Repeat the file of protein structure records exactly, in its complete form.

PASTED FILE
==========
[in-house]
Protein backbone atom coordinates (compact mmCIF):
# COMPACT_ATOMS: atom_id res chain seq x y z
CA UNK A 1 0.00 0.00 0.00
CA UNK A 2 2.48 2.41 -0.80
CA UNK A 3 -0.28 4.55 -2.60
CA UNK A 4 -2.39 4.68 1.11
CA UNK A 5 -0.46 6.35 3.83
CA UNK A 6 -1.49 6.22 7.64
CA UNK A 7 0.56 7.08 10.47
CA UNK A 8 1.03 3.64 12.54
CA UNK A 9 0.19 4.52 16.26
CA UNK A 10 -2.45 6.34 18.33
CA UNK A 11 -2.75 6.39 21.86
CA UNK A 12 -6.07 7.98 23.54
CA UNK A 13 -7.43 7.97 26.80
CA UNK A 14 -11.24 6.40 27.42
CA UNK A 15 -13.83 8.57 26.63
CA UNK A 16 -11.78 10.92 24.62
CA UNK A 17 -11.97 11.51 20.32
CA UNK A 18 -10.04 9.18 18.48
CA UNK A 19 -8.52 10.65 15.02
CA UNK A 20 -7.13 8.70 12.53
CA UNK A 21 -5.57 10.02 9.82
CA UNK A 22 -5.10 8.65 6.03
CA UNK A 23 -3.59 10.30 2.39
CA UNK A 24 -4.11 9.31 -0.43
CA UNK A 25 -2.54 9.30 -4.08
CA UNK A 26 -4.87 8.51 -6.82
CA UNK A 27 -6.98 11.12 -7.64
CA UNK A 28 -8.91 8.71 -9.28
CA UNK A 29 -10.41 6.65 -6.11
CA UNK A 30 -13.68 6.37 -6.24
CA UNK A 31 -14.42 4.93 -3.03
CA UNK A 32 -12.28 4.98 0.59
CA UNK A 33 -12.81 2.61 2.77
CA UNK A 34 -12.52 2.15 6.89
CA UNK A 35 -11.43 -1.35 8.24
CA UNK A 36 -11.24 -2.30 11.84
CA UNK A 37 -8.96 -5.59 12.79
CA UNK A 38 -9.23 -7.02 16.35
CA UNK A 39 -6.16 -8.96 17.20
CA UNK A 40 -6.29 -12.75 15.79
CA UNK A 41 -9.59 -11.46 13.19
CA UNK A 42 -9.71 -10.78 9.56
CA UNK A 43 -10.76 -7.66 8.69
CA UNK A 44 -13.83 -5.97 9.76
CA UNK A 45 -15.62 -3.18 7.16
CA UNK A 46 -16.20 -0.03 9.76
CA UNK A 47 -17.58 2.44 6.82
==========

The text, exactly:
[in-house]
Protein backbone atom coordinates (compact mmCIF):
# COMPACT_ATOMS: atom_id res chain seq x y z
CA UNK A 1 0.00 0.00 0.00
CA UNK A 2 2.48 2.41 -0.80
CA UNK A 3 -0.28 4.55 -2.60
CA UNK A 4 -2.39 4.68 1.11
CA UNK A 5 -0.46 6.35 3.83
CA UNK A 6 -1.49 6.22 7.64
CA UNK A 7 0.56 7.08 10.47
CA UNK A 8 1.03 3.64 12.54
CA UNK A 9 0.19 4.52 16.26
CA UNK A 10 -2.45 6.34 18.33
CA UNK A 11 -2.75 6.39 21.86
CA UNK A 12 -6.07 7.98 23.54
CA UNK A 13 -7.43 7.97 26.80
CA UNK A 14 -11.24 6.40 27.42
CA UNK A 15 -13.83 8.57 26.63
CA UNK A 16 -11.78 10.92 24.62
CA UNK A 17 -11.97 11.51 20.32
CA UNK A 18 -10.04 9.18 18.48
CA UNK A 19 -8.52 10.65 15.02
CA UNK A 20 -7.13 8.70 12.53
CA UNK A 21 -5.57 10.02 9.82
CA UNK A 22 -5.10 8.65 6.03
CA UNK A 23 -3.59 10.30 2.39
CA UNK A 24 -4.11 9.31 -0.43
CA UNK A 25 -2.54 9.30 -4.08
CA UNK A 26 -4.87 8.51 -6.82
CA UNK A 27 -6.98 11.12 -7.64
CA UNK A 28 -8.91 8.71 -9.28
CA UNK A 29 -10.41 6.65 -6.11
CA UNK A 30 -13.68 6.37 -6.24
CA UNK A 31 -14.42 4.93 -3.03
CA UNK A 32 -12.28 4.98 0.59
CA UNK A 33 -12.81 2.61 2.77
CA UNK A 34 -12.52 2.15 6.89
CA UNK A 35 -11.43 -1.35 8.24
CA UNK A 36 -11.24 -2.30 11.84
CA UNK A 37 -8.96 -5.59 12.79
CA UNK A 38 -9.23 -7.02 16.35
CA UNK A 39 -6.16 -8.96 17.20
CA UNK A 40 -6.29 -12.75 15.79
CA UNK A 41 -9.59 -11.46 13.19
CA UNK A 42 -9.71 -10.78 9.56
CA UNK A 43 -10.76 -7.66 8.69
CA UNK A 44 -13.83 -5.97 9.76
CA UNK A 45 -15.62 -3.18 7.16
CA UNK A 46 -16.20 -0.03 9.76
CA UNK A 47 -17.58 2.44 6.82